There are many instances of employment discrimination based on disability in Texas and around the country. In many cases, these are violations of the Americans with Disabilities Act. But what is defined as a disability? The disorder that a Texas man is claiming might catch some people off-guard.
The man was employed as a technician at a chemical plant. As part of his job, he was subject to periodic drug screenings. In one particular incident, the man's employers told him to take an "observed" urine test -- one that would require him to urinate in front of an observer.
However, the man declined. He said he had shy bladder syndrome -- a condition that makes him unable to perform the test as requested. As an alternative, the employee says he offered other methods of testing, including using his hair or blood, but his employer didn't permit it.
A few weeks later, the man was sent for another observed test; again, he refused. As a result, he was not allowed to come back to work for a month. At that point, his employer again requested that he take the observed urine test, and again the man declined. It was at this point that he was terminated.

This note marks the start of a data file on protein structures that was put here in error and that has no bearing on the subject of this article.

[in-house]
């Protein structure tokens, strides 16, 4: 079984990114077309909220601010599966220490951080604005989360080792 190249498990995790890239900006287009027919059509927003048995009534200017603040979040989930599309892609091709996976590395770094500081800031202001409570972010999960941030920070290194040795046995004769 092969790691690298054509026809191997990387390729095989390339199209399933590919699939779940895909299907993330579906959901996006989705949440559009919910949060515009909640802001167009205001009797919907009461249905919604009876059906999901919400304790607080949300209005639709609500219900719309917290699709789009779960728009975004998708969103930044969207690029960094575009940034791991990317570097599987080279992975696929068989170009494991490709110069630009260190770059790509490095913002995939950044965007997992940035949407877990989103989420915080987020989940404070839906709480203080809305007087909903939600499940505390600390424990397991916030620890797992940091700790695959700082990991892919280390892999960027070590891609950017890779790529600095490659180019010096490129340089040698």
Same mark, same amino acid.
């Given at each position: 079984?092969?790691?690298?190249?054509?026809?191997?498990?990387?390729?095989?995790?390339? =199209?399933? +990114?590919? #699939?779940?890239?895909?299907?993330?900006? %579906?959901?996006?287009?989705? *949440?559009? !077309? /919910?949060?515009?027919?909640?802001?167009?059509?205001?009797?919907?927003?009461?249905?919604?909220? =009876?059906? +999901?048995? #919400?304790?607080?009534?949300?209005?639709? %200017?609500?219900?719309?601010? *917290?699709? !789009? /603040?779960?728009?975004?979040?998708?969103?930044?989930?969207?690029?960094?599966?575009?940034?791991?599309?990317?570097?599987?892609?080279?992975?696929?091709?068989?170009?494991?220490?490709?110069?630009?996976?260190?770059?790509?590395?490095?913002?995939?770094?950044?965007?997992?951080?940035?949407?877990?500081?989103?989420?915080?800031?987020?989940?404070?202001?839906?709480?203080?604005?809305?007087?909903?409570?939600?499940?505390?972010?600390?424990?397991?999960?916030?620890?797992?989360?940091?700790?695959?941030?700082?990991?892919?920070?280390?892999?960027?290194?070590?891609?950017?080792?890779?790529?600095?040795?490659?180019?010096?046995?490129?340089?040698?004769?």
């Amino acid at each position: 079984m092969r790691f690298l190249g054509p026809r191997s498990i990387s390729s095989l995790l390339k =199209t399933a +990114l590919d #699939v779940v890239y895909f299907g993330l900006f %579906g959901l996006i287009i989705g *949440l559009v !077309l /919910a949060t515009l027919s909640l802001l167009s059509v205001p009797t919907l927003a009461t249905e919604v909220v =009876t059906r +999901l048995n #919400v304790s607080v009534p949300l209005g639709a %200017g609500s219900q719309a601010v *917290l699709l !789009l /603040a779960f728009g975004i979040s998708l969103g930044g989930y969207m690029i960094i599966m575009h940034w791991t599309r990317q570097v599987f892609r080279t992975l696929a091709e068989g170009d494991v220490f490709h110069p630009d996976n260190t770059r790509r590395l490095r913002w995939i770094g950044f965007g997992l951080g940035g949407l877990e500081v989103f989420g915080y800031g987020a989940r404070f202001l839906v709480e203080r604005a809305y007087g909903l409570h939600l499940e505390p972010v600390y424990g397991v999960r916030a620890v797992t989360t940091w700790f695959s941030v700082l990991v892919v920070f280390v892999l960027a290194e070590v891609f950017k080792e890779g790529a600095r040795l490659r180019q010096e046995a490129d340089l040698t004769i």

The man is now suing his former employer for violating, and retaliating under, the Americans with Disabilities Act. He is requesting damages for back pay as well as compensation for other factors.
It isn't clear what the outcome of the man's action will be; however, the case shows how the concept of disability discrimination can be applied in ways that many people would never think of. An experienced Texas employment law opportunity can assist people facing these circumstances.
Source: The Southeast Texas Record, "Technician files discrimination lawsuit over observed urine tests," Michelle Keahey, Oct. 30, 2013